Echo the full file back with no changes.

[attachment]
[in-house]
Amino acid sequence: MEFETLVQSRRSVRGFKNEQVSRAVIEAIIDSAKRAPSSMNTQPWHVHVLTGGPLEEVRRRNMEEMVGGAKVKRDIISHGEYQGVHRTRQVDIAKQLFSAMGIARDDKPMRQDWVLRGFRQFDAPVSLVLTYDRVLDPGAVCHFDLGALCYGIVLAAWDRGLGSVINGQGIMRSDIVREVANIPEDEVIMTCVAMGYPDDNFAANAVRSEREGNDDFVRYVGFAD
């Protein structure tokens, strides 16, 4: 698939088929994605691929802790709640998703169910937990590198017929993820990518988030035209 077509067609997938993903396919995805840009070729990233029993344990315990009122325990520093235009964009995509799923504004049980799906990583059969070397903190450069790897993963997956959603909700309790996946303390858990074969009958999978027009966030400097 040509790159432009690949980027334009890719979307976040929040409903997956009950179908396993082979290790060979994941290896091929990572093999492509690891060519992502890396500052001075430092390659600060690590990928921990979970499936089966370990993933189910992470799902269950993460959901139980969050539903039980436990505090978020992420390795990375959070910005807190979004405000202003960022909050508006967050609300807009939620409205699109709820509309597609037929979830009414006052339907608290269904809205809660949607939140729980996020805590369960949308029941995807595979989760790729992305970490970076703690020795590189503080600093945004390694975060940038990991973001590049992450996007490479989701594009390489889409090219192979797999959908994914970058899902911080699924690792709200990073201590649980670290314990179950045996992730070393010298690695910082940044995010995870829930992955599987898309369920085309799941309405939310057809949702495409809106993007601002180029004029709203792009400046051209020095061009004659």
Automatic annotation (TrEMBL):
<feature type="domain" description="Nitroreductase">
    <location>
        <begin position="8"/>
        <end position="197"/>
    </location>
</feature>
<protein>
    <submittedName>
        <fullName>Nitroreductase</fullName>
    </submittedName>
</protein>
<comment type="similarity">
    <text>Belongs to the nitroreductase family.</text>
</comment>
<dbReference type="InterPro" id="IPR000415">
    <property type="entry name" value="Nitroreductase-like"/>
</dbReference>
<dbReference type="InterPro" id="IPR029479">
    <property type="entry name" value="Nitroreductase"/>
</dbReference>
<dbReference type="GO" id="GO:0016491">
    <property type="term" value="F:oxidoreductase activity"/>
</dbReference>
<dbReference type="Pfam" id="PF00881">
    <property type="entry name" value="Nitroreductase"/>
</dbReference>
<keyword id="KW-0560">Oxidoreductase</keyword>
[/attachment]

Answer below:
[in-house]
Amino acid sequence: MEFETLVQSRRSVRGFKNEQVSRAVIEAIIDSAKRAPSSMNTQPWHVHVLTGGPLEEVRRRNMEEMVGGAKVKRDIISHGEYQGVHRTRQVDIAKQLFSAMGIARDDKPMRQDWVLRGFRQFDAPVSLVLTYDRVLDPGAVCHFDLGALCYGIVLAAWDRGLGSVINGQGIMRSDIVREVANIPEDEVIMTCVAMGYPDDNFAANAVRSEREGNDDFVRYVGFAD
């Protein structure tokens, strides 16, 4: 698939088929994605691929802790709640998703169910937990590198017929993820990518988030035209 077509067609997938993903396919995805840009070729990233029993344990315990009122325990520093235009964009995509799923504004049980799906990583059969070397903190450069790897993963997956959603909700309790996946303390858990074969009958999978027009966030400097 040509790159432009690949980027334009890719979307976040929040409903997956009950179908396993082979290790060979994941290896091929990572093999492509690891060519992502890396500052001075430092390659600060690590990928921990979970499936089966370990993933189910992470799902269950993460959901139980969050539903039980436990505090978020992420390795990375959070910005807190979004405000202003960022909050508006967050609300807009939620409205699109709820509309597609037929979830009414006052339907608290269904809205809660949607939140729980996020805590369960949308029941995807595979989760790729992305970490970076703690020795590189503080600093945004390694975060940038990991973001590049992450996007490479989701594009390489889409090219192979797999959908994914970058899902911080699924690792709200990073201590649980670290314990179950045996992730070393010298690695910082940044995010995870829930992955599987898309369920085309799941309405939310057809949702495409809106993007601002180029004029709203792009400046051209020095061009004659």
Automatic annotation (TrEMBL):
<feature type="domain" description="Nitroreductase">
    <location>
        <begin position="8"/>
        <end position="197"/>
    </location>
</feature>
<protein>
    <submittedName>
        <fullName>Nitroreductase</fullName>
    </submittedName>
</protein>
<comment type="similarity">
    <text>Belongs to the nitroreductase family.</text>
</comment>
<dbReference type="InterPro" id="IPR000415">
    <property type="entry name" value="Nitroreductase-like"/>
</dbReference>
<dbReference type="InterPro" id="IPR029479">
    <property type="entry name" value="Nitroreductase"/>
</dbReference>
<dbReference type="GO" id="GO:0016491">
    <property type="term" value="F:oxidoreductase activity"/>
</dbReference>
<dbReference type="Pfam" id="PF00881">
    <property type="entry name" value="Nitroreductase"/>
</dbReference>
<keyword id="KW-0560">Oxidoreductase</keyword>